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Happy new year!

We made it โ€“ it's 2020! I hope you all had a great start in 2020! For me, I had a fabulous NYE party and am now ready to share my favorite content of December 2019 with you. Enjoy!

The Tail End

"The Tail End", written by Tim Urban, shows a different angle on how we should look at the time we spend in our lives.

The article visualizes different questions like "How many months are left in your life?" or "How many times will you spent Christmas with your parents?".

Seeing life visualized like that is scary but also motivated me to have the best time possible!

Build your own React

Rodrigo Pombo explained how to build your own React in an interactive article. It includes code snippets that expand with every paragraph you read. Very cool stuff! ๐Ÿ˜ฒ

Lightning talk โ€“ย "Regular expressions my secret love"

I gave a quick lightning talk at dotJS. It covers regular expression features like non-capturing groups but also goes into new language additions like named capturing groups and Unicode Property Escapes. Have fun!

This month I learned

Optional chaining helps to avoid "undefined is not a function" exceptions

The JavaScript additions defined in ES2020 include the optional chaining proposal. The new ?. syntax allows developers to access object properties that may or may not be available.

I discovered a tiny detail about the proposal that I didn't notice before. You can also optionally execute functions using ?.(). ๐Ÿ˜ฒ

box-decoration-break helps to define how elements should be rendered across lines

Did you ever spent a lot of time styling links, and then a line break ruined the styling? I learned that you could define what should happen when a link is spread across several lines.

text-justify defines where space is added in justified text

text-align: justify; is a CSS property that I don't use very often, because it may influence readability. In case you use it frequently, I learned that you could control the algorithm defining the spacing in CSS.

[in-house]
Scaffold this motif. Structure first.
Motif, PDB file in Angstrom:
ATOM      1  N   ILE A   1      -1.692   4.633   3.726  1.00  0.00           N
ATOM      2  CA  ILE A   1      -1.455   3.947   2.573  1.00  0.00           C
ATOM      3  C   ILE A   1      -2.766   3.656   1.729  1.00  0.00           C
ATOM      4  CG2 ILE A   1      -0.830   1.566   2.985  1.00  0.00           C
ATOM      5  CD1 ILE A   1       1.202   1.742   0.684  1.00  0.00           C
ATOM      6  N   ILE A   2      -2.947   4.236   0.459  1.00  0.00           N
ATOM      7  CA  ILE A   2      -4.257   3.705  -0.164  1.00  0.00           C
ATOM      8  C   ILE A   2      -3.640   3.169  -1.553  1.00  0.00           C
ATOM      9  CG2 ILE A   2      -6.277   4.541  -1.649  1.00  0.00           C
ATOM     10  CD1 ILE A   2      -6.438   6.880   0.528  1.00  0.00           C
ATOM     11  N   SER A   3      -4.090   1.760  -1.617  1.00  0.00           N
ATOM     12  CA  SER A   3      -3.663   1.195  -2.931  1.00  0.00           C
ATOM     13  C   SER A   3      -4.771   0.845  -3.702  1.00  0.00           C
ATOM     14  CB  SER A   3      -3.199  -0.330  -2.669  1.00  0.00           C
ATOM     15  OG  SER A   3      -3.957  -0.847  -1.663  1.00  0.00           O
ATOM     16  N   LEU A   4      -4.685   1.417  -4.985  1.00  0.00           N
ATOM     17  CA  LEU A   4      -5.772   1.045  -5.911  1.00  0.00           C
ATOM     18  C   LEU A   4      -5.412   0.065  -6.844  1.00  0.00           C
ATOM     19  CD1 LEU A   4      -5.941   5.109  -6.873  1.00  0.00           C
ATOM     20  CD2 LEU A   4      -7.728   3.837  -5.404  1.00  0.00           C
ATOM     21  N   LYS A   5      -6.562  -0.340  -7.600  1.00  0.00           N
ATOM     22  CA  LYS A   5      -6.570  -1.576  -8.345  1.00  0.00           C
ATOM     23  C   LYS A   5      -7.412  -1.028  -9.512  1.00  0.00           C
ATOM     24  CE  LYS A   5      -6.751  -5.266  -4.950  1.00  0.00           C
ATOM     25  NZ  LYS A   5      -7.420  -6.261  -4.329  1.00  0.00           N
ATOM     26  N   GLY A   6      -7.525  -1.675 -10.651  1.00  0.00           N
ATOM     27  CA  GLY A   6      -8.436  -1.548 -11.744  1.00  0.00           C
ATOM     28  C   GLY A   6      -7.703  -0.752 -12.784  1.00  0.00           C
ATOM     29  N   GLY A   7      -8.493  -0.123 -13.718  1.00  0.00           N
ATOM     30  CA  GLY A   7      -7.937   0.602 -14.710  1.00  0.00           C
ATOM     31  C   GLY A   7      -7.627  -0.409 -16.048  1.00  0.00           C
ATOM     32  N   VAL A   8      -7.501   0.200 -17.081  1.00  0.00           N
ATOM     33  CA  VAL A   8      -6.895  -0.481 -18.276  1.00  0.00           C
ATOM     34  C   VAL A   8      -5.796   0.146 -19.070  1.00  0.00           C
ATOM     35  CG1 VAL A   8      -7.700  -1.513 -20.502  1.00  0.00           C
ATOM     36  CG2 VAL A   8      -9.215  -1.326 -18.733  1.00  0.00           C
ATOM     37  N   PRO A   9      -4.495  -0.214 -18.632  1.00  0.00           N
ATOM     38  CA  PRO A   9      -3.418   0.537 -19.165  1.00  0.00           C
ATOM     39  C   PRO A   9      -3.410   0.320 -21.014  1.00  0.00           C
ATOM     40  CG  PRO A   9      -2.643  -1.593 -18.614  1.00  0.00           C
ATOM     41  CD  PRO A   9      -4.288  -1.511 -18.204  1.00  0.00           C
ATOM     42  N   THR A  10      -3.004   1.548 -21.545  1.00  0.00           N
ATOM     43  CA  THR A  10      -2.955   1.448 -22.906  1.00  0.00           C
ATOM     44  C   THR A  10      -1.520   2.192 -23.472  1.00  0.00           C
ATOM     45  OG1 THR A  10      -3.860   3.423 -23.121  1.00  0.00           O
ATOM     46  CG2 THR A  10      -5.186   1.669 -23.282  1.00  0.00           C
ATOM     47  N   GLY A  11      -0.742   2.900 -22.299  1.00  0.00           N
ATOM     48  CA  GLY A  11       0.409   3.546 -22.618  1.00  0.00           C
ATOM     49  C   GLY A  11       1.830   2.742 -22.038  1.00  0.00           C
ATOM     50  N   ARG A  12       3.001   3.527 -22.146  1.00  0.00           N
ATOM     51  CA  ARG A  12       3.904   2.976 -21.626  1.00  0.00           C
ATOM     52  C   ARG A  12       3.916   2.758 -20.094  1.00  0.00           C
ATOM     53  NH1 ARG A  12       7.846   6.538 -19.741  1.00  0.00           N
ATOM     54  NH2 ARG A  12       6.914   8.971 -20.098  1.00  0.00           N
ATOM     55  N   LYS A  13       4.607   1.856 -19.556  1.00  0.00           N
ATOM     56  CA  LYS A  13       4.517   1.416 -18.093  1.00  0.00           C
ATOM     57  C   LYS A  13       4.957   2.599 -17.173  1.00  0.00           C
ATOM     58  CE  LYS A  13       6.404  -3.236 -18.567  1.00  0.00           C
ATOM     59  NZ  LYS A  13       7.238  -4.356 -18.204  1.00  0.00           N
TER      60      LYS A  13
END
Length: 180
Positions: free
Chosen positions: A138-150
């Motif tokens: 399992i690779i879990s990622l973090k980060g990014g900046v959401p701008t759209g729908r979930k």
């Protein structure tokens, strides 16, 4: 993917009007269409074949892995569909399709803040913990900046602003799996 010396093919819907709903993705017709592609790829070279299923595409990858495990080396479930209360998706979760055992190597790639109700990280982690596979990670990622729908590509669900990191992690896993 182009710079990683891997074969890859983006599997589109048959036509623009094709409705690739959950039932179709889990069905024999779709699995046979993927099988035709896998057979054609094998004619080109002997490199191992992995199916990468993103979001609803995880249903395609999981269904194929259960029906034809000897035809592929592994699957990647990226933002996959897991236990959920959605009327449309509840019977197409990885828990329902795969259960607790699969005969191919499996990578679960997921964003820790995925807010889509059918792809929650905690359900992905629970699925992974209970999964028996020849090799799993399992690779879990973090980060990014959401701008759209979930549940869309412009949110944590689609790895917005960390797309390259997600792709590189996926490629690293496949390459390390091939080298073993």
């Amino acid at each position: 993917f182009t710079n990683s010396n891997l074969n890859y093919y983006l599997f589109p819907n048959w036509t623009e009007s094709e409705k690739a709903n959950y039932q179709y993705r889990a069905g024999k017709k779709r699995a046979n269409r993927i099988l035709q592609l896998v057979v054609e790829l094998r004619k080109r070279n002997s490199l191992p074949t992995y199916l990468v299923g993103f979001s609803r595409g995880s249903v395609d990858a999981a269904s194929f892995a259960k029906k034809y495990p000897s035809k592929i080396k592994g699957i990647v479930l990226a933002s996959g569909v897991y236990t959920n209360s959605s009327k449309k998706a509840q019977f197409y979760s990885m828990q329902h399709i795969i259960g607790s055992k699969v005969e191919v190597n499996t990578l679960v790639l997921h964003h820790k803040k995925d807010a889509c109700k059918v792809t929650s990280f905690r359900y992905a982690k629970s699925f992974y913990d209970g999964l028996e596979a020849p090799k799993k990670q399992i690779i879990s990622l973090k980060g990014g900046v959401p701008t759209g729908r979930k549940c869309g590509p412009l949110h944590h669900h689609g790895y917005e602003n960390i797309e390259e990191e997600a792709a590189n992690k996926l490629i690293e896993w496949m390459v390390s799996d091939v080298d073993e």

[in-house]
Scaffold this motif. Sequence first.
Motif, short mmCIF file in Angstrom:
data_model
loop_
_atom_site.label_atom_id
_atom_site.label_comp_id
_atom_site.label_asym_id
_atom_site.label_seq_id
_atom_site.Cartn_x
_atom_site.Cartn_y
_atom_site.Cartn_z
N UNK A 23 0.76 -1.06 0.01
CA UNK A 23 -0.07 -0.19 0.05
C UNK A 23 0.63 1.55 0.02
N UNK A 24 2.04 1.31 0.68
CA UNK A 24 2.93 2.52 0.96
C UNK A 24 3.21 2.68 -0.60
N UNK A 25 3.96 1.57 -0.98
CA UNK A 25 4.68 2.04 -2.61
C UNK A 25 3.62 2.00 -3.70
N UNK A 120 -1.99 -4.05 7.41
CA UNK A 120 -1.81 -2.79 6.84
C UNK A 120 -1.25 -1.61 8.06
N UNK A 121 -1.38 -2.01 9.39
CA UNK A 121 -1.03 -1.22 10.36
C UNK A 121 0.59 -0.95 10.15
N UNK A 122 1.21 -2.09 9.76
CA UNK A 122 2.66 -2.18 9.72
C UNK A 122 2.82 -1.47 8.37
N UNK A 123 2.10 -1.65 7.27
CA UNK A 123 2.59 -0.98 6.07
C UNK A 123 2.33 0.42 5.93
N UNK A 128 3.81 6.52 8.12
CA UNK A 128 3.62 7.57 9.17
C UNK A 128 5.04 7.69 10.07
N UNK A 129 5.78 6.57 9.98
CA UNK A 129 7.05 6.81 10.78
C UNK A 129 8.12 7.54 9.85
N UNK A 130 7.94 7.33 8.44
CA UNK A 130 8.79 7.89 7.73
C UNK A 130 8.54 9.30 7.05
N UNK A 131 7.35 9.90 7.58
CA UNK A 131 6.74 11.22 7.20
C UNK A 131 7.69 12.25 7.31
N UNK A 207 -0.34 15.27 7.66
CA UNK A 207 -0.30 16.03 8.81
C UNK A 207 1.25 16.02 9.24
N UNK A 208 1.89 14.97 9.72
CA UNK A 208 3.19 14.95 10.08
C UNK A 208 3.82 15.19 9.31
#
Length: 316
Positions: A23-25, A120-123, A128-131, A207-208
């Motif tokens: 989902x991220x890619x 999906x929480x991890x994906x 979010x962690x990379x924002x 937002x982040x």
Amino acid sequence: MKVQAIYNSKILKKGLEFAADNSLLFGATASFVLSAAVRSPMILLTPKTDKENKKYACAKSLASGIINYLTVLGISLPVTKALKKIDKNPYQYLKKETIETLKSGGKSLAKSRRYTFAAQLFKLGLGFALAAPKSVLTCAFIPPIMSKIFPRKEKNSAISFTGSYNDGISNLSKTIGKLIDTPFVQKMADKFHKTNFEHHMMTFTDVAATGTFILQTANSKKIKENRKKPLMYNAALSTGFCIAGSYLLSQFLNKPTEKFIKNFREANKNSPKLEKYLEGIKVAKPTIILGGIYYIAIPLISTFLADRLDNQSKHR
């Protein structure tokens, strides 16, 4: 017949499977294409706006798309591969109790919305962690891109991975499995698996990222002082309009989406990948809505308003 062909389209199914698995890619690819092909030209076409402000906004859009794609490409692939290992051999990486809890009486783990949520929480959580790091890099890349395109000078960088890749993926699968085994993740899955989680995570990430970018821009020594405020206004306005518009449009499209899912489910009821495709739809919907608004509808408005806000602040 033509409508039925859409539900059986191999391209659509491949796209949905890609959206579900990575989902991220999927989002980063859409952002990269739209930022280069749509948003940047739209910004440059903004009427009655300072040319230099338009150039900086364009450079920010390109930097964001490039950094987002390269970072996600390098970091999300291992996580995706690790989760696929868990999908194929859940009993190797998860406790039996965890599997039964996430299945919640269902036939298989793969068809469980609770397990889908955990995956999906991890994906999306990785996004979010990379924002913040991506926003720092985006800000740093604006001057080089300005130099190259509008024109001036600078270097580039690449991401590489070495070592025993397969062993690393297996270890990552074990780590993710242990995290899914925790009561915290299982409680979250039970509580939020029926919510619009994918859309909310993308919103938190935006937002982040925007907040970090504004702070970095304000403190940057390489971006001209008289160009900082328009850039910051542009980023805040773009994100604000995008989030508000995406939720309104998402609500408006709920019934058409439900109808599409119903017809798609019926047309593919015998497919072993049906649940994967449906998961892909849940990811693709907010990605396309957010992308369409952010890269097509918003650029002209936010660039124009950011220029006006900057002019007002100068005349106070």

This month's DevSheets

In December, I started posting #devsheets on Twitter. A DevSheet is a quickly created sheet explaining a single detail in web development.

I enjoy creating these sheets, and I didn't even notice that I posted seven of them in December (๐Ÿ˜ฒ):

The talk of the month

The idea of utility-first CSS is not new. I have to admit that I was always skeptical about the idea of adding 20+ classes to an HTML element to style it.

Sarah Dayan spoke at this year's dotCSS. Her talk "In Defense of Utility-First CSS" includes valid points for going utility-first CSS. If you're (like me and) struggling with CSS architecture โ€“ this talk is for you.

A quote to think about

Now that we're in 2020, you may look back at what you achieved in 2019 career-wise. What actions did you take? What was your focus? Was it a good year, and did you make the progress you wanted?

Tanya Reilly gave a fascinating talk about leadership and promotion. This talk included this month's favorite quote:

A large percentage of your work should be the thing you're evaluated on. If you're doing very little of your core job, you're hurting your career.

For 2020 โ€“ I hope I'll make sure to focus on the right things. ๐Ÿ™ˆ

A song that makes you stop coding

I visited a theater play between the years, and they played "Stop crying your heart out" by Oasis. What shall I say โ€“ my old Britpop heart made a massive jump.

And that's it for the content of December 2019, friends! ๐ŸŽ‰ ๐Ÿ‘‹

Have a great start into the new year, and if you have any feedback about this newsletter, please let me know. :)

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About Stefan Judis

Frontend nerd with over ten years of experience, freelance dev, "Today I Learned" blogger, conference speaker, and Open Source maintainer.

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